The Difference Between a Water Filter and a Water Purifier

Water dripSome people use “water filter” and “water purifier” interchangeably, not realizing that they are two different things. Others might know that the two things are different, but they might not know the difference between a water filter and a water purifier. They might even believe that their filter can safely purify water because it popped up on a Google search for “hiking water purifier”.

The truth is that even though water filters can often make water potable, they are not the same thing as water purifiers and should not be treated as such. Not knowing the difference between the two – and drinking water you mistakenly thought was safe – can lead some real problems on the trail or around camp.

So what’s the difference between a water filter and a water purifier?

The names say it all, really.

  • Water filters remove particulates, bacteria, and protozoa by filtering them out of the water. They do not, however, kill or remove viruses, chemicals, and heavy metals, which are too small to be filtered out of the water (although filters with activated carbon can help pull metals from water). Most water filters remove harmful giardia and cryptosporidium. However, you can filter a bottle of water that looks crystal clear, but it could still be contaminated with harmful chemicals or viruses.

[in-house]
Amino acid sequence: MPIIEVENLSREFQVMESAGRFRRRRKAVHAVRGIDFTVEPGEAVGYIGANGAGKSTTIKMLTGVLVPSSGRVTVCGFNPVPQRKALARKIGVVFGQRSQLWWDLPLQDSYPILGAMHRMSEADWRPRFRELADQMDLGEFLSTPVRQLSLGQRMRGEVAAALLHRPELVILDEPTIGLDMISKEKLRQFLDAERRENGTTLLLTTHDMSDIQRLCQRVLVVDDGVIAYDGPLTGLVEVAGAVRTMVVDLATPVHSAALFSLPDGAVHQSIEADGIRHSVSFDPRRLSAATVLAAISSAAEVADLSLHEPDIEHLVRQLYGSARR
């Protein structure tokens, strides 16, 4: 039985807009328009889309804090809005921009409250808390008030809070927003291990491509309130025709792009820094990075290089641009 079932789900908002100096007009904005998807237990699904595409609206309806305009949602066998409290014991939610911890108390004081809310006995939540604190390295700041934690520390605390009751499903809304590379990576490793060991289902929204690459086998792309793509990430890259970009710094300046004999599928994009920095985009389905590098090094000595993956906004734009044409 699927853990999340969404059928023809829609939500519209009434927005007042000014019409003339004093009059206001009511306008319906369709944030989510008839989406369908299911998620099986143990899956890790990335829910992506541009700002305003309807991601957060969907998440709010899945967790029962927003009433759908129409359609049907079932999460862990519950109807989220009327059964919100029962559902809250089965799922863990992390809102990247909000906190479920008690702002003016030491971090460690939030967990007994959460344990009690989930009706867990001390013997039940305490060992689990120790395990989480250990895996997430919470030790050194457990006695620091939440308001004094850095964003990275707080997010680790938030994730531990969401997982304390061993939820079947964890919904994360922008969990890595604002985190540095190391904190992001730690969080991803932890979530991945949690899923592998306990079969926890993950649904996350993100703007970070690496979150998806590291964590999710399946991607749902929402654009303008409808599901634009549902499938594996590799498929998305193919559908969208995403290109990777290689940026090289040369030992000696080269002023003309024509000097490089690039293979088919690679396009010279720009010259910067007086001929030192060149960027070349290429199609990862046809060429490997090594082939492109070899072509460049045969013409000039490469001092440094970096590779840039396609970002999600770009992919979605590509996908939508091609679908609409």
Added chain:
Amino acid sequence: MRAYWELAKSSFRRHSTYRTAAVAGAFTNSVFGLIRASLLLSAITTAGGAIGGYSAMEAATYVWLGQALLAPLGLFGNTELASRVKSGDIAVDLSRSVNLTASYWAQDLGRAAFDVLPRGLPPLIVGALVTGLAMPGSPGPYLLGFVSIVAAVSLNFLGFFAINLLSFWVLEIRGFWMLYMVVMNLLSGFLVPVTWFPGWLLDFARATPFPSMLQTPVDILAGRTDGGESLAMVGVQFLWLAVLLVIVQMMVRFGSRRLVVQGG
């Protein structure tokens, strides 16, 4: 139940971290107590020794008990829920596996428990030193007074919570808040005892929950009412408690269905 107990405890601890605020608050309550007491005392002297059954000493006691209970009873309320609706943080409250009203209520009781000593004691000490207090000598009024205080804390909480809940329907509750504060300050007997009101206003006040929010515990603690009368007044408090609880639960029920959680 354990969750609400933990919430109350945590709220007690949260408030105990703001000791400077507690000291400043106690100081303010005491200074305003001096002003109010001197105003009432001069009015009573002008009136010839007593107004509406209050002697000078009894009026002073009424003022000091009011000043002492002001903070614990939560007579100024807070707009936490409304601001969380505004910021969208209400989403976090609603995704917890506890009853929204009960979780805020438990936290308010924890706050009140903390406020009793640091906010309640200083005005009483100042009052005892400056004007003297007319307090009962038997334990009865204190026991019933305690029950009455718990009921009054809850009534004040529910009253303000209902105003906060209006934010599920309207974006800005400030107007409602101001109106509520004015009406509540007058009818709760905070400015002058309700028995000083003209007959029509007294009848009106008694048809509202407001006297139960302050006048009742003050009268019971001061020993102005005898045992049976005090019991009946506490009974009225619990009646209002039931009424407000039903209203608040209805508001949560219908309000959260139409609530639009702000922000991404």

• Water purifiers make water safe to drink by removing/killing viruses and chemicals. While water purifiers make water potable, many do not filter out dirt, sand, bugs, moss, etc. In other words, a purifier might make the water safe to drink, but it could still be murky and a little gritty.

Water filters do not guarantee that your water is safe to drink because they do not remove viruses, chemicals, and heavy metals that can make you ill.

Most water purifiers do not filter out particulates; however, water purifiers guarantee that your water will be safe to drink.

To put it simply, water filters remove the big stuff and make most water safe to drink. Water purifiers actually purify water, making it potable and completely safe to drink.

OK, so now you know the difference between the two. But which one is right for you?

  • Traveling abroad to developing countries with questionable water: Water purifier
  • Hiking familiar trails with running water: Water filter
  • Stumble across a stagnant pool with a dead water buffalo regardless of location: Water purifier

For most wilderness pursuits in North America, a water filter will be adequate in making your water safe to drink. This isn’t always the case, though, as viruses can be swimming in even the clearest lakes.

Some hikers like to carry both water filters and water purifiers to ensure that water is 100% potable, and to remove all the murkiness from the water as well.

We carry water filters as well as water purifiers for camping and hiking. Stop by and see us sometime!

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